Raise children to be independent. Explain to them the nature of your work, why it is important to you, as well as your value to the organisation you work for. Teach them to do things for themselves, so that the time that you spend with them is indeed quality time. Often, we hide our struggles and efforts from our children. Instead, make them aware of it. This will inculcate sensitivity and awareness in them. They will learn to treat you and your work, as well as work in general, seriously.

Find creative ways to spend time with your kids

It is important that you spend time with your kids as often as you can. You can have a casual conversation, discussing your day, in the kitchen, while you are cooking the evening meal. You can call up your child during a break to have a general chat, or just check on how she is doing. You can just bond with her while discussing the latest car models as you wash the car together every Sunday. There are plenty of opportunities of spending time with your children. You just have to be open to finding them.

Communicate frequently

Always keep communication open with your child--no matter how old he or she is. Make a habit of leaving notes for your children, which they can read when the return home from school or tuition classes, discuss things with them, ask them how they feel about things. Most importantly, listen to them when they talk.

Manage your guilt

Many parents feel so guilty about the fact that they don't spend enough time with their kids that they often end up overcompensating. Overcompensation can be in the form of material things or in giving in to every wish, desire and demand that the child makes. Alternately, some parents in the fear of not spoiling the child become too strict. It's important to be natural as parents, and follow your instincts, rather than allow guilt to drive your reactions and responses.

Enjoy their innocence

Most important of all, enjoy the time you spend with your children without allowing guilt to come into the picture. Remember, you are doing your best for the child, you are the parent, and you love your children. Cherish the bond you share with them, and give your best, and it will be enough. Your child will learn to value you, respect you as a parent as well as a person, and you would have done a great job at parenthood.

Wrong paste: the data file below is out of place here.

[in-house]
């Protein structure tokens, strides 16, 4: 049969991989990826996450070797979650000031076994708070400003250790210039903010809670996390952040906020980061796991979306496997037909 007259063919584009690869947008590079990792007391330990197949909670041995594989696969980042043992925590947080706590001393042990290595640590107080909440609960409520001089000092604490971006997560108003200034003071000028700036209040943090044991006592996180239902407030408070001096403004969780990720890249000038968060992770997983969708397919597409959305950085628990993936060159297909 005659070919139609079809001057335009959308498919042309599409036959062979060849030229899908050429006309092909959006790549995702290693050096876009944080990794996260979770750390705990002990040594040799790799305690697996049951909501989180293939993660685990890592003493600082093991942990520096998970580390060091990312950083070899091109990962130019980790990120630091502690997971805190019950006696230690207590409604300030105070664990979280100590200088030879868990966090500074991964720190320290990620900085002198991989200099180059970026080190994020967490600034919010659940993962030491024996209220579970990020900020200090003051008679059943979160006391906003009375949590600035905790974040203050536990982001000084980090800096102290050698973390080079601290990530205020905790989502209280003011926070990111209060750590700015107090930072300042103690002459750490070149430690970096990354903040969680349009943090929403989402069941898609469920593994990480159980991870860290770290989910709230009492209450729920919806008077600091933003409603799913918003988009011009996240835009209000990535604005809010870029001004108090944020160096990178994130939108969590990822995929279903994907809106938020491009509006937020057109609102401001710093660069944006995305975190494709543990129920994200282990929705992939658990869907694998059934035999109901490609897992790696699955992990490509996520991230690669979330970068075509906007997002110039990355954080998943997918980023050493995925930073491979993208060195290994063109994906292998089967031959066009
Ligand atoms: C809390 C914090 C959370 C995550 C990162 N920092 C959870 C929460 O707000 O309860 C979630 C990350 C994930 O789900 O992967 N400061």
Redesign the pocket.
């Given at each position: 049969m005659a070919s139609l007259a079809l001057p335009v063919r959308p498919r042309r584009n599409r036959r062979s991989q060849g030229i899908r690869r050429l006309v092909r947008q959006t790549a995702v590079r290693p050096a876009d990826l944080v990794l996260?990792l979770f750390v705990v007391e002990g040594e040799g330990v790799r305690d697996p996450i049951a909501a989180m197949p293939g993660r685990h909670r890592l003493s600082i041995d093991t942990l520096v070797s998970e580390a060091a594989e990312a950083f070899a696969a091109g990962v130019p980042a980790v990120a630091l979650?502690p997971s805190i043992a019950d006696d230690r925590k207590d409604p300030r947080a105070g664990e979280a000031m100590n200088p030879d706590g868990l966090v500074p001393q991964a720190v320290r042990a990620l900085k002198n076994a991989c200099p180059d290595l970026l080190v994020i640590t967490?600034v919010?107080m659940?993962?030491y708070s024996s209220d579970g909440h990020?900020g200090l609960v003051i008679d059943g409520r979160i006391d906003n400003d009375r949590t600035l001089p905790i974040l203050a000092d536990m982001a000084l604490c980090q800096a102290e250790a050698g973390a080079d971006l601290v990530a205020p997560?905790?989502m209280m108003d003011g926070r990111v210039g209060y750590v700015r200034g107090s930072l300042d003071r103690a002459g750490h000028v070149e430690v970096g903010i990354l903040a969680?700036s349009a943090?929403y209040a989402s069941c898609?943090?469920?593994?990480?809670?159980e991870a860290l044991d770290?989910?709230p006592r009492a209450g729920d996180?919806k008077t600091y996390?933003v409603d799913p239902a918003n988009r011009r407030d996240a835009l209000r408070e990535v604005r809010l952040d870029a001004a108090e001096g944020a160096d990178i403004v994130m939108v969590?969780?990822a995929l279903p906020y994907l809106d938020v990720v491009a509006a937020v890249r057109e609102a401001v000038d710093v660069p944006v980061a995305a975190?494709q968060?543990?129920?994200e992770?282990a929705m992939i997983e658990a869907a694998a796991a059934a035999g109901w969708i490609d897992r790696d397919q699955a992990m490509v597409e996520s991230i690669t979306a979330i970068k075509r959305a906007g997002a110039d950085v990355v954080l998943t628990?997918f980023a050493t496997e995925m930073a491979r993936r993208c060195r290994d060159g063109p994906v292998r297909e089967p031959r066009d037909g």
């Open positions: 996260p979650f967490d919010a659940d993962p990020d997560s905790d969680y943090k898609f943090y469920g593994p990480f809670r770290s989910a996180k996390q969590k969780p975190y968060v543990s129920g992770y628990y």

Helping children face the challenges they face

Despite all our efforts, as children of working parents, our children face certain unique challenges. The better prepared we are in anticipating them, the better we will be able to help our children tide over these challenges.

Loneliness

How to meet it: Most children, especially younger ones, will often tell their mothers to leave their jobs, when they see other parents [especially moms] picking up their friends at school. "Why can't you come to pick me up like so-and-so's mom does?" is a common enough wail that most working women have heard. This feeling is even more intense for the only child.

Peer influence

How to meet it: Children of working parents are more susceptible to peer influence, since parents are not physically around to monitor their activities on a regular basis. Thus, parents need to zealously guard against unhealthy peer influence. It is important to know who your child's friends are and what they do when they are together.

Distractions and bad habits

How to meet it: As children grow up, it is important that parents keep an eye on the amount of time they spend watching TV, surfing the Internet, or playing computer/mobile/console games. While these activities are mere distractions at best, at worst they can be addictive, and can take your child's mind and attention away from studies and healthy peer relationships.

Alienation and strained parent-child relations

How to meet it: Children of working parents can become detached and alienated from their parents, if care is not taken to communicate with them on a regular basis. They become used to having independence; they can at times be resentful of parents not being around for them and can cut themselves off from them emotionally. The best way to guard against this is to always make it a point to be connected with them on an emotional level, no matter how busy your schedule.

Personal safety

How to meet it: As working parents, we are not around all the time to safeguard our child. Our children are at an increased risk if they are by themselves at home, with a maid or in a day-care centre. Make sure you have the right references and identification for the help you hire. Never leave the kids by themselves, if the place you live in has any security or safety hazard. Leave all possible emergency numbers with the children. Do surprise checks by arriving early at the day-care or at home just to monitor the goings-on.